There is agreement that the best-known, cheapest and most mature batteries, those used to start combustion vehicles or as auxiliary systems “cannot maintain their position as market leaders with electric mobility on the rise”, according to the JCR.
Another key to ensuring the future availability of these basic components of devices, vehicles and storage systems is recycling, which could reduce lithium, cobalt and nickel extraction by between 25% and 35% in a decade and a half. , according to a report from the Institute for a Sustainable Future at the University of Technology Sydney (Australia). Globally, 600,000 metric tons of lithium-ion batteries are recycled. This amount is expected to exceed 1.6 million metric tons. in 2030.
But reprocessing these batteries and the metals they contain is difficult and expensive. “The battery of an electric vehicle is a very complex piece of technology with many components, so a recycling facility is very complicated. In the long run, that’s going to be important, but in the short term it’s got a long way to go,” Michael McKibben, a geologist at the University of California, told knowable.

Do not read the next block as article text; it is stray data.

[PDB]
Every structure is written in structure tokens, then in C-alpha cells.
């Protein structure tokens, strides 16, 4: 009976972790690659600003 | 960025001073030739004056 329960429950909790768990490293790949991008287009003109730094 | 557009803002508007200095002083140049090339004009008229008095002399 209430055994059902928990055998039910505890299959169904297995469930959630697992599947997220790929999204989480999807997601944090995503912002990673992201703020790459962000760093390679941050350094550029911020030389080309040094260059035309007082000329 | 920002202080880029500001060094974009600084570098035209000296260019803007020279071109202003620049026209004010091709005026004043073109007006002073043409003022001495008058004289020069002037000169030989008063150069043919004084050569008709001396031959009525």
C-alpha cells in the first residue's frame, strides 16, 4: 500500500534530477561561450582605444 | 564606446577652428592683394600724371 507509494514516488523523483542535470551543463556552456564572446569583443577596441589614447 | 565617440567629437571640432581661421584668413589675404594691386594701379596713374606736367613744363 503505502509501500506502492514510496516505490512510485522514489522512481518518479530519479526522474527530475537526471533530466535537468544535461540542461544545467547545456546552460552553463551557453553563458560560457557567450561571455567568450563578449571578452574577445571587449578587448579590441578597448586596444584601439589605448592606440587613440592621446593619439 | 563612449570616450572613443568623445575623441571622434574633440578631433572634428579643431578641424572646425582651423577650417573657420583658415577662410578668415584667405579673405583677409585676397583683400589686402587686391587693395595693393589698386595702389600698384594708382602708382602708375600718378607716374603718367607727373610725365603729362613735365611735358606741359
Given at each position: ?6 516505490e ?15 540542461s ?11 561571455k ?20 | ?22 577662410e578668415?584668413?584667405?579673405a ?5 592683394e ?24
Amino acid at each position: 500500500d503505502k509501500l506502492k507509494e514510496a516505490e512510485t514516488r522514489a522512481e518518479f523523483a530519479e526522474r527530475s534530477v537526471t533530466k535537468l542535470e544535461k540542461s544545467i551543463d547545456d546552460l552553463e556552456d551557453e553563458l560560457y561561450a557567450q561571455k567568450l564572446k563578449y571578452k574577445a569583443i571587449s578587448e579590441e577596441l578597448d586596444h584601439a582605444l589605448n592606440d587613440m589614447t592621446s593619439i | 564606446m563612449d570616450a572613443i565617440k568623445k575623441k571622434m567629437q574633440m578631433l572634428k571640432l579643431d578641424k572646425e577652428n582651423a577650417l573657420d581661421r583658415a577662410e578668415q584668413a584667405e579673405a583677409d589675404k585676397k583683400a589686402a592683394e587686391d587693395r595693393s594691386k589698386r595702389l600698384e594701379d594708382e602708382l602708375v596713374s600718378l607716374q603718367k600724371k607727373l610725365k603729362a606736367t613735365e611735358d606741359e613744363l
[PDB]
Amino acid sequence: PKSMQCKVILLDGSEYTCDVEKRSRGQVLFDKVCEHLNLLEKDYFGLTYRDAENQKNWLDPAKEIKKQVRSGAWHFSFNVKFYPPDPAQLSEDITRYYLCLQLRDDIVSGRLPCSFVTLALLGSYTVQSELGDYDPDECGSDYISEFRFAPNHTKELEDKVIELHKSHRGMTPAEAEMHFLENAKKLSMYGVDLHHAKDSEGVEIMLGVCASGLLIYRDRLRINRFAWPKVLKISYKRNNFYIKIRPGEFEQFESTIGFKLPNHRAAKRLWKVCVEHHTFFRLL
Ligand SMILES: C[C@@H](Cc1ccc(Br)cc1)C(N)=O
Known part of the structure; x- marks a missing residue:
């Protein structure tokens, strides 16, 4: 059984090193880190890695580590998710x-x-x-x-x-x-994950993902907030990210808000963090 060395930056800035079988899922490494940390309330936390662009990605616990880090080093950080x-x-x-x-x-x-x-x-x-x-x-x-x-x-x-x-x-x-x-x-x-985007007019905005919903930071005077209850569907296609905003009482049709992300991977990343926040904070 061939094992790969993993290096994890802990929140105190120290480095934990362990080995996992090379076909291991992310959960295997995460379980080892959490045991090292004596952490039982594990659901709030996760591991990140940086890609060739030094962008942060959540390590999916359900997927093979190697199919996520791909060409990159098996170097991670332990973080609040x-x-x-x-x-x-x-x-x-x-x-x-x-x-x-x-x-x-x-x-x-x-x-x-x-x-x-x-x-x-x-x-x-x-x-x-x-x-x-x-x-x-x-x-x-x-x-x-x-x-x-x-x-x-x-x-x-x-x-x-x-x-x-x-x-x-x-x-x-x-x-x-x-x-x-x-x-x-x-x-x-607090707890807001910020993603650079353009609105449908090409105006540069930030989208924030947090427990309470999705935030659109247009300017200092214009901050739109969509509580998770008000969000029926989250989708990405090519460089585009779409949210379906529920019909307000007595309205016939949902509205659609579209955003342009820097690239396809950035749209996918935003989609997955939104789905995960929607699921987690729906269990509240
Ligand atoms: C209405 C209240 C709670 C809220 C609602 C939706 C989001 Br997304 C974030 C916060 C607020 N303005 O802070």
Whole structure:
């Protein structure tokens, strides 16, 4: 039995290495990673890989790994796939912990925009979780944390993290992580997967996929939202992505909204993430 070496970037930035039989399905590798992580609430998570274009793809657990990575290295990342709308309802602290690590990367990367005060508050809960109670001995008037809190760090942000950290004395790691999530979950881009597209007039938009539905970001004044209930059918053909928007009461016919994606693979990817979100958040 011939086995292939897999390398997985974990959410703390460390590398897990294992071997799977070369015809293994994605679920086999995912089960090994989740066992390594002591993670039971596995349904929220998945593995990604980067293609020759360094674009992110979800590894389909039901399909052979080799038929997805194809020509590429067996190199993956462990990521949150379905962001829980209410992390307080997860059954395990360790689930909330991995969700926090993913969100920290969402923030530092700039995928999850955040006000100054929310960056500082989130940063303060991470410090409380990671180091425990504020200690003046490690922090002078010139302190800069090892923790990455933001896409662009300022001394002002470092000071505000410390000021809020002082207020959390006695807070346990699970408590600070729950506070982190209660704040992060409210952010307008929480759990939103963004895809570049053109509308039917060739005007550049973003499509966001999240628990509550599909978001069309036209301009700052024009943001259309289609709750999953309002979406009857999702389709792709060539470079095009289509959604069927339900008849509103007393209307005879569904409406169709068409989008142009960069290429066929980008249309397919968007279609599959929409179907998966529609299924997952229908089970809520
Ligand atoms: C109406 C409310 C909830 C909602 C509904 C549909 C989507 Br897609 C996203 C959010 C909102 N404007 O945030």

According to research collected by science direct, the cost of lithium recycled from batteries is five times higher than lithium mined. In the same way, some processes used, like the smelting of the devices to extract the metals, consumes a lot of energy, emits toxic gases and cannot recover the coveted lithium. Researchers are studying other, more effective procedures.